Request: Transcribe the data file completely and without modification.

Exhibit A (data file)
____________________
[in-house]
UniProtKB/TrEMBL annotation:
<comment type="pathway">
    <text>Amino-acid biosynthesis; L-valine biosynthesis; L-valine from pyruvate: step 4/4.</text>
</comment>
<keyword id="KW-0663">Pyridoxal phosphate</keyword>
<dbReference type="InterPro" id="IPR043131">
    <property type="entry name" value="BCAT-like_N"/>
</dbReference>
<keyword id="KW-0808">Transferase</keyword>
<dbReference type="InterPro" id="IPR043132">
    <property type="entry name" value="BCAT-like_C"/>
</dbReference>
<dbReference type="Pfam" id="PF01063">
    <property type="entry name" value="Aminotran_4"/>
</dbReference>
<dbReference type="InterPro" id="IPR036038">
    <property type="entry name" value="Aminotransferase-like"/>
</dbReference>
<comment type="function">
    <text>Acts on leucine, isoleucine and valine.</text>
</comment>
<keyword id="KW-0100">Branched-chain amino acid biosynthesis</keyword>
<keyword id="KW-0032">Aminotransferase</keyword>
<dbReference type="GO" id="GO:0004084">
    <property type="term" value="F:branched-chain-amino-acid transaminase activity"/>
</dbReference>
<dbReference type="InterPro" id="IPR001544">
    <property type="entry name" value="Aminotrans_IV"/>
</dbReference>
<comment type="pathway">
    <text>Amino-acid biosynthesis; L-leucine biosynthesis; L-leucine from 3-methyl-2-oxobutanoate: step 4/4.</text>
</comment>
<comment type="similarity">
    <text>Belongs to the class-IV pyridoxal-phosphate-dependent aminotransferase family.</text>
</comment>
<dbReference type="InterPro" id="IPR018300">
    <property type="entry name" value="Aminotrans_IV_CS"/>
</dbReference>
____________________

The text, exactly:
[in-house]
UniProtKB/TrEMBL annotation:
<comment type="pathway">
    <text>Amino-acid biosynthesis; L-valine biosynthesis; L-valine from pyruvate: step 4/4.</text>
</comment>
<keyword id="KW-0663">Pyridoxal phosphate</keyword>
<dbReference type="InterPro" id="IPR043131">
    <property type="entry name" value="BCAT-like_N"/>
</dbReference>
<keyword id="KW-0808">Transferase</keyword>
<dbReference type="InterPro" id="IPR043132">
    <property type="entry name" value="BCAT-like_C"/>
</dbReference>
<dbReference type="Pfam" id="PF01063">
    <property type="entry name" value="Aminotran_4"/>
</dbReference>
<dbReference type="InterPro" id="IPR036038">
    <property type="entry name" value="Aminotransferase-like"/>
</dbReference>
<comment type="function">
    <text>Acts on leucine, isoleucine and valine.</text>
</comment>
<keyword id="KW-0100">Branched-chain amino acid biosynthesis</keyword>
<keyword id="KW-0032">Aminotransferase</keyword>
<dbReference type="GO" id="GO:0004084">
    <property type="term" value="F:branched-chain-amino-acid transaminase activity"/>
</dbReference>
<dbReference type="InterPro" id="IPR001544">
    <property type="entry name" value="Aminotrans_IV"/>
</dbReference>
<comment type="pathway">
    <text>Amino-acid biosynthesis; L-leucine biosynthesis; L-leucine from 3-methyl-2-oxobutanoate: step 4/4.</text>
</comment>
<comment type="similarity">
    <text>Belongs to the class-IV pyridoxal-phosphate-dependent aminotransferase family.</text>
</comment>
<dbReference type="InterPro" id="IPR018300">
    <property type="entry name" value="Aminotrans_IV_CS"/>
</dbReference>